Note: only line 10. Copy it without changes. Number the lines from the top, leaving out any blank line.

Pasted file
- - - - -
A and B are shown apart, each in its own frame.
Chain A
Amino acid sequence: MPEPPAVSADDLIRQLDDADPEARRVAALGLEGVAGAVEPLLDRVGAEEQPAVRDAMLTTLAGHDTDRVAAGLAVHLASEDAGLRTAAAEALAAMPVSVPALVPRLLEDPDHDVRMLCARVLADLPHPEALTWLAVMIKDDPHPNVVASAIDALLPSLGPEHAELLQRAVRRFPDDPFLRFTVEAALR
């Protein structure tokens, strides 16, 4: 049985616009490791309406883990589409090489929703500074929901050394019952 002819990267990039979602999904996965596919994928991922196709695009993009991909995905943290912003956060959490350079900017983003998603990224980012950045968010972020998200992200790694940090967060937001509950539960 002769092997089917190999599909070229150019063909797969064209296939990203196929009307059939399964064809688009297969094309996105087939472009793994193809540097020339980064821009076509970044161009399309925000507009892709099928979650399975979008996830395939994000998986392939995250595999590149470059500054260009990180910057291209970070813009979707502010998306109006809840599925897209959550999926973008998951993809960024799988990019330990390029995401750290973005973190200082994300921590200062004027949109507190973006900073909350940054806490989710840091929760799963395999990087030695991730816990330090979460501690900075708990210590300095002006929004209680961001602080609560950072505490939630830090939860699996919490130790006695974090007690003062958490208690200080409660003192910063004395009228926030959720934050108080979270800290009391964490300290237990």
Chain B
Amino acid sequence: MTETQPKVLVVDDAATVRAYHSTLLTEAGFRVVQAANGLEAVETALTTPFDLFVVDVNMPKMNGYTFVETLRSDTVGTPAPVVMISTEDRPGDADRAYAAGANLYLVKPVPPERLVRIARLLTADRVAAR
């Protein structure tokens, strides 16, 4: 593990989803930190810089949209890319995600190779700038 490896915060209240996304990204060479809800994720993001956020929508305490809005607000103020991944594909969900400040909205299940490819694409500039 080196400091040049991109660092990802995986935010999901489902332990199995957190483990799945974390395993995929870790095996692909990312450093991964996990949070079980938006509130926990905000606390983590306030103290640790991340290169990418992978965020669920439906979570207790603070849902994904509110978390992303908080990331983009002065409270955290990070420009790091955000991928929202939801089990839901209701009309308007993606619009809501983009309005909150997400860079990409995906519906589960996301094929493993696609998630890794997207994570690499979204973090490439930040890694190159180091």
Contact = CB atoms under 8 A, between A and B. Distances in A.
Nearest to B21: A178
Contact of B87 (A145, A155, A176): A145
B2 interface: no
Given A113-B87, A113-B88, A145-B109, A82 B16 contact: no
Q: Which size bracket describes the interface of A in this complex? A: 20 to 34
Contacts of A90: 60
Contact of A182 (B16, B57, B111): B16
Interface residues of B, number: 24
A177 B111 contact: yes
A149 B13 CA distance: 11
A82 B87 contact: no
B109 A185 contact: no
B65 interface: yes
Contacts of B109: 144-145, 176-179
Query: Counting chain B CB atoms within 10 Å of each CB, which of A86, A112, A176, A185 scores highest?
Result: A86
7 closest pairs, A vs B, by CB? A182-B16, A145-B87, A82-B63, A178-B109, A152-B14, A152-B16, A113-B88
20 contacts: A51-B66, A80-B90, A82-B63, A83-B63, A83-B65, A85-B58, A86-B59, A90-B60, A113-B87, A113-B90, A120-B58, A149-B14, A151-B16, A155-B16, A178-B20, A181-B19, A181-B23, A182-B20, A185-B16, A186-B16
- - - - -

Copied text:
Contact of B87 (A145, A155, A176): A145